The Mercedes Sound 5 fitted to Vito and Sprinter vans is a generally reliable unit that performs adequatley for the most part within the environment of a commercial vehicle. There has been two manufacturers that have produced the radio, Hyundai and Becker. Although the units are similar in function there are some physical differences to the layout and choice of internal components. Both offer similar audio features and identical connections, designed and produced in alternate factories.
There are few reported problems with either model of the Sound 5 unit, but there are a couple of common issues that crop up from time to time.
The faults: The occasional loss of display and button functionality is the most seen fault and in most cases can be easily rectified by following the procedure outline in this post. The chassis of the Becker radio is shown in the photographs below and it comes apart in a very simple way. First lift up and remove the upper steel cover lid by levering at the back. Identify and remove the two torx head screws either side of the front upper chassis just behind the front panel. Pull either side of the chassis sides outward to disconnect the latches either side of the front panel. Lever the front down and off the chassis.
What this now reveals is the common cause of the above problems, poor connection between the chassis electronics and the front panel. There is a row of gold contacts on the Becker made radio that mates with a sprung leaf type chassis connector strip. This connector carries all the communications from the front panel to the micro controller mounted on the chassis PCB. There is a multiplexed communications bus that sends and receives commands to and from the front panel, causing buttons to have actions and the display to illuminate whatever the CPU tells it.
Corrosion due to the damp (condensation) environment in which the radio lives, begins to tarnish the connections between the chassis and front panel. The panel PCB’s plated pads take on board some discolouration / oxidisation, as do the mating tips of the sprung leaf contacts. To maintain a good connection between the two assemblies is important, as the communication and functionality of the radio depend on it. When these contacts become less reliable a catalogue of faults can start to appear. These faults are usually – Buttons do not function as they should, it becomes impossible to turn off the radio, the display inverts or displays nothing, except the amber back light. Even sometimes resetting with the ignition does not always bring back the radio to a working condition.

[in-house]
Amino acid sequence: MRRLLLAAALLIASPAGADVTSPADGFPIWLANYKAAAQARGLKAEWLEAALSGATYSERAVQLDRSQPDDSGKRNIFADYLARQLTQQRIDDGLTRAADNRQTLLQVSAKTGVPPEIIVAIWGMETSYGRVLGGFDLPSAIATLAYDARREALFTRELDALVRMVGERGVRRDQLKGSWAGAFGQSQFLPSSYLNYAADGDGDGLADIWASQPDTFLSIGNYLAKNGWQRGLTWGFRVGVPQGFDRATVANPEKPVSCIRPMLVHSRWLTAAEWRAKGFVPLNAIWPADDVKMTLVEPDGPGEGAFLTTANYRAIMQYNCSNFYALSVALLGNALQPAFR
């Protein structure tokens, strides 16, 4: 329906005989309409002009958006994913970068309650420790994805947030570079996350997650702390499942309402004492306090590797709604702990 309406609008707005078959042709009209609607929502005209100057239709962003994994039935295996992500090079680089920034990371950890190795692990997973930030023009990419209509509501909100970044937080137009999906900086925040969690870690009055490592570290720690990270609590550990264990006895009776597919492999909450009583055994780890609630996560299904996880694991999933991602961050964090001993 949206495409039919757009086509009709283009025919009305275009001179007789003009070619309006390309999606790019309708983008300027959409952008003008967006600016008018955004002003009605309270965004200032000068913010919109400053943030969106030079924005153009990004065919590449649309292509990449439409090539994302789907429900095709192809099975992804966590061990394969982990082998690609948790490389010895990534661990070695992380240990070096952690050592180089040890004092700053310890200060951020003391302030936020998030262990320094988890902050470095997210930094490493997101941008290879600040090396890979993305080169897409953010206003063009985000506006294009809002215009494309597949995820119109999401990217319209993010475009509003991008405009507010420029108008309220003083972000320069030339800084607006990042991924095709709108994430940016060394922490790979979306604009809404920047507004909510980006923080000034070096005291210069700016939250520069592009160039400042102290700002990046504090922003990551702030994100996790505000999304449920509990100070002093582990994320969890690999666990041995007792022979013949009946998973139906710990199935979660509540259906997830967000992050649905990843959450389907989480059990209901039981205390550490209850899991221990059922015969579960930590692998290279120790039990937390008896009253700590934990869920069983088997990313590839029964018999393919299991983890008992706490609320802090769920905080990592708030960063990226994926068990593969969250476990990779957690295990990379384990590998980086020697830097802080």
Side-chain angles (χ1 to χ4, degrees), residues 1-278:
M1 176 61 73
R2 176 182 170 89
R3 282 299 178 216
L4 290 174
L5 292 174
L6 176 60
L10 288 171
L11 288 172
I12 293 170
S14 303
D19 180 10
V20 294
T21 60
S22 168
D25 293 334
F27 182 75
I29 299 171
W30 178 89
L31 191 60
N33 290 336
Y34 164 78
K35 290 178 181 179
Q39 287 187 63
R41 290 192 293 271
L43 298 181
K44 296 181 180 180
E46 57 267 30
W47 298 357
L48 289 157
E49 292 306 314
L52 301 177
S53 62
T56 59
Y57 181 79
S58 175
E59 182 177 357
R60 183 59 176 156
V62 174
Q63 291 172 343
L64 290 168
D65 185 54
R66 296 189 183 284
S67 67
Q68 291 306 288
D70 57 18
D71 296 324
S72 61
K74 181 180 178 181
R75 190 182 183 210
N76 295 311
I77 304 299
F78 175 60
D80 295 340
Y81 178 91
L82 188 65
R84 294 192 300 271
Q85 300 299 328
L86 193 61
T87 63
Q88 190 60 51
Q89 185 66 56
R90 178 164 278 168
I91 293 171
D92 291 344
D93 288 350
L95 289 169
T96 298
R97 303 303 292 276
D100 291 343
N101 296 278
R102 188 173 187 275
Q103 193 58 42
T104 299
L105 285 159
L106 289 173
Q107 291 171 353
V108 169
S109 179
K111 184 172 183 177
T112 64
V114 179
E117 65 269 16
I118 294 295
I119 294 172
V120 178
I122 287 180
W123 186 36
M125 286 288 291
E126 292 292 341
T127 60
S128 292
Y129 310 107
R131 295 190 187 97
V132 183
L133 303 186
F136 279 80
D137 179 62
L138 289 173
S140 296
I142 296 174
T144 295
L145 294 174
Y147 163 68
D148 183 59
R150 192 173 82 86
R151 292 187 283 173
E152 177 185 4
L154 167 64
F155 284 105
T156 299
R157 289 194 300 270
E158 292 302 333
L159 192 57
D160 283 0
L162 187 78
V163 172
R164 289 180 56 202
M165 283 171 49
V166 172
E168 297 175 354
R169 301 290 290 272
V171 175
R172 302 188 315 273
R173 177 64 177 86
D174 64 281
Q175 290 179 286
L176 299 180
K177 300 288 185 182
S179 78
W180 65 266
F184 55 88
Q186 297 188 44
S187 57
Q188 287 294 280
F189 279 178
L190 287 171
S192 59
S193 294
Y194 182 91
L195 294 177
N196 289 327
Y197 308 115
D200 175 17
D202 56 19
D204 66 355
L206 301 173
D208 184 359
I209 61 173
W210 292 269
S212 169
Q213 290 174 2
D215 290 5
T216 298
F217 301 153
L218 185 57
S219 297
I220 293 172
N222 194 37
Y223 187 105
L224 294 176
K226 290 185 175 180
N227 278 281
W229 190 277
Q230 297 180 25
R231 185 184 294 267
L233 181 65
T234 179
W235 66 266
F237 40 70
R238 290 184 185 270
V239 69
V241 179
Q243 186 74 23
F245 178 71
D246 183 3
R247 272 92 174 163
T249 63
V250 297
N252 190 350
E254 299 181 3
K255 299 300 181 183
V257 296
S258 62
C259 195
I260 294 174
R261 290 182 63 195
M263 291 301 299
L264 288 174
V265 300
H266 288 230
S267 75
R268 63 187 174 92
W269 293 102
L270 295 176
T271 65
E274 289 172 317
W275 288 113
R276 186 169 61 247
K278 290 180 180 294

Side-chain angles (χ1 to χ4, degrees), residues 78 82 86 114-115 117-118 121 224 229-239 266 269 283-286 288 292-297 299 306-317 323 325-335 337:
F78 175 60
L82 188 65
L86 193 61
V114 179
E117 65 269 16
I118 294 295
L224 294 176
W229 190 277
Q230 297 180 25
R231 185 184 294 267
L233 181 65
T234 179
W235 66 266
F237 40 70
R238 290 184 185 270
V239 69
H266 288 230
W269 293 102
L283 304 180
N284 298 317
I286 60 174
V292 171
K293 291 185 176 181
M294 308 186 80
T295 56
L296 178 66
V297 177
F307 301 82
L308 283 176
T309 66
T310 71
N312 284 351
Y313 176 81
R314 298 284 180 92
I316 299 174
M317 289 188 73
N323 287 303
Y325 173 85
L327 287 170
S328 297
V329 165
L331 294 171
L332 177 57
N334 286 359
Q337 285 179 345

With the front panel face down on a soft cloth, remove all the self tapping torx screws on the rear, carefully unclip the four plastic tabs, one on each corner of the lower and upper edges. Once the plastic back panel has been lifted off, turn over to the front and grasp the volume ring by its edges, giving it a straight pull. The volume ring and ‘on’ button will unlatch, keep them safe. It is now possible to remove the PCB from the button matrix mounted in the front part of the housing.
I had a damaged LCD display in the radio I was repairing, no doubt caused by someone pressing or banging the radio front to get it to display correctly. I have tried to source spare parts from Becker and Hyundai for both models of radio and as yet have had no success getting individual LCD display parts. What I had managed to do, was source another radio with a faulty chassis quite cheaply. I was going to exchange the front panel PCB between the two units, as the good LCD display was housed in a case that was more worn and grubby than my own. By changing over just the display unit in the front panel I was preserving the chassis security coding that is mated to the ECU in the vehicle. If I had just fitted another radio, I would have had the ‘PROD’ error as described here in this post, and the radio would not have functioned.